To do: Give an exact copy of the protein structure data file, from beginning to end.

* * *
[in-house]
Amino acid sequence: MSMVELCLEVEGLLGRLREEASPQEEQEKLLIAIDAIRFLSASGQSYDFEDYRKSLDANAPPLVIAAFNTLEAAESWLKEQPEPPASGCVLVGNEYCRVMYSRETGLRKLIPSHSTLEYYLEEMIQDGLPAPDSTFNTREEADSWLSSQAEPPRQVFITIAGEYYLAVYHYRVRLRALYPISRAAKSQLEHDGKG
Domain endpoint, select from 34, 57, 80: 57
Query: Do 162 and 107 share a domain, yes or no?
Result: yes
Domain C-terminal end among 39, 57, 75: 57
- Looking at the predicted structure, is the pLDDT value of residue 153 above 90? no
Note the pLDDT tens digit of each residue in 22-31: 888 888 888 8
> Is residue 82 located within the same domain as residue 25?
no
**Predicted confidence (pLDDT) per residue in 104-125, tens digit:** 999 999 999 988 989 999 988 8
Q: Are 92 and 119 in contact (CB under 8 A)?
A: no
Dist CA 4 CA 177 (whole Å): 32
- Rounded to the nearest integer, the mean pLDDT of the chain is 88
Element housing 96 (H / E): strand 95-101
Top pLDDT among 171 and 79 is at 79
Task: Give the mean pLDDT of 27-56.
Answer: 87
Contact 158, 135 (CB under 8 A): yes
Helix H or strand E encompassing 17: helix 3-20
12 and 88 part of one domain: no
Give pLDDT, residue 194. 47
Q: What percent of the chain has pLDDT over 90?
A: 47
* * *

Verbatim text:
[in-house]
Amino acid sequence: MSMVELCLEVEGLLGRLREEASPQEEQEKLLIAIDAIRFLSASGQSYDFEDYRKSLDANAPPLVIAAFNTLEAAESWLKEQPEPPASGCVLVGNEYCRVMYSRETGLRKLIPSHSTLEYYLEEMIQDGLPAPDSTFNTREEADSWLSSQAEPPRQVFITIAGEYYLAVYHYRVRLRALYPISRAAKSQLEHDGKG
Domain endpoint, select from 34, 57, 80: 57
Query: Do 162 and 107 share a domain, yes or no?
Result: yes
Domain C-terminal end among 39, 57, 75: 57
- Looking at the predicted structure, is the pLDDT value of residue 153 above 90? no
Note the pLDDT tens digit of each residue in 22-31: 888 888 888 8
> Is residue 82 located within the same domain as residue 25?
no
**Predicted confidence (pLDDT) per residue in 104-125, tens digit:** 999 999 999 988 989 999 988 8
Q: Are 92 and 119 in contact (CB under 8 A)?
A: no
Dist CA 4 CA 177 (whole Å): 32
- Rounded to the nearest integer, the mean pLDDT of the chain is 88
Element housing 96 (H / E): strand 95-101
Top pLDDT among 171 and 79 is at 79
Task: Give the mean pLDDT of 27-56.
Answer: 87
Contact 158, 135 (CB under 8 A): yes
Helix H or strand E encompassing 17: helix 3-20
12 and 88 part of one domain: no
Give pLDDT, residue 194. 47
Q: What percent of the chain has pLDDT over 90?
A: 47